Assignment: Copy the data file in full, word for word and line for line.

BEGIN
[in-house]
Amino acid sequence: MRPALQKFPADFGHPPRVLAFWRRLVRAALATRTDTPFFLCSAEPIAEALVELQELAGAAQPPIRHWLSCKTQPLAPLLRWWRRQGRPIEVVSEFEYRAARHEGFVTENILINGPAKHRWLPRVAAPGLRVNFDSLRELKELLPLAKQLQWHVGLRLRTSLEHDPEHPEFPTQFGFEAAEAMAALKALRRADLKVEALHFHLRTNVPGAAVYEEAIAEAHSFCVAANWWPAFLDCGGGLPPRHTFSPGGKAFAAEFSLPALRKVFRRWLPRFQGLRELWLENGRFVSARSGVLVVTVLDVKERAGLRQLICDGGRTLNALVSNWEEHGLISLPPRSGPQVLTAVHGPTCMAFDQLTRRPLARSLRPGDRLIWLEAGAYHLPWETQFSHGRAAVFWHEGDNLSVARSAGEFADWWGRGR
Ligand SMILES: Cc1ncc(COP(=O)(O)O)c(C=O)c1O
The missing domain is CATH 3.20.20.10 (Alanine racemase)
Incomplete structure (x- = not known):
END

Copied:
[in-house]
Amino acid sequence: MRPALQKFPADFGHPPRVLAFWRRLVRAALATRTDTPFFLCSAEPIAEALVELQELAGAAQPPIRHWLSCKTQPLAPLLRWWRRQGRPIEVVSEFEYRAARHEGFVTENILINGPAKHRWLPRVAAPGLRVNFDSLRELKELLPLAKQLQWHVGLRLRTSLEHDPEHPEFPTQFGFEAAEAMAALKALRRADLKVEALHFHLRTNVPGAAVYEEAIAEAHSFCVAANWWPAFLDCGGGLPPRHTFSPGGKAFAAEFSLPALRKVFRRWLPRFQGLRELWLENGRFVSARSGVLVVTVLDVKERAGLRQLICDGGRTLNALVSNWEEHGLISLPPRSGPQVLTAVHGPTCMAFDQLTRRPLARSLRPGDRLIWLEAGAYHLPWETQFSHGRAAVFWHEGDNLSVARSAGEFADWWGRGR
Ligand SMILES: Cc1ncc(COP(=O)(O)O)c(C=O)c1O
The missing domain is CATH 3.20.20.10 (Alanine racemase)
Incomplete structure (x- = not known):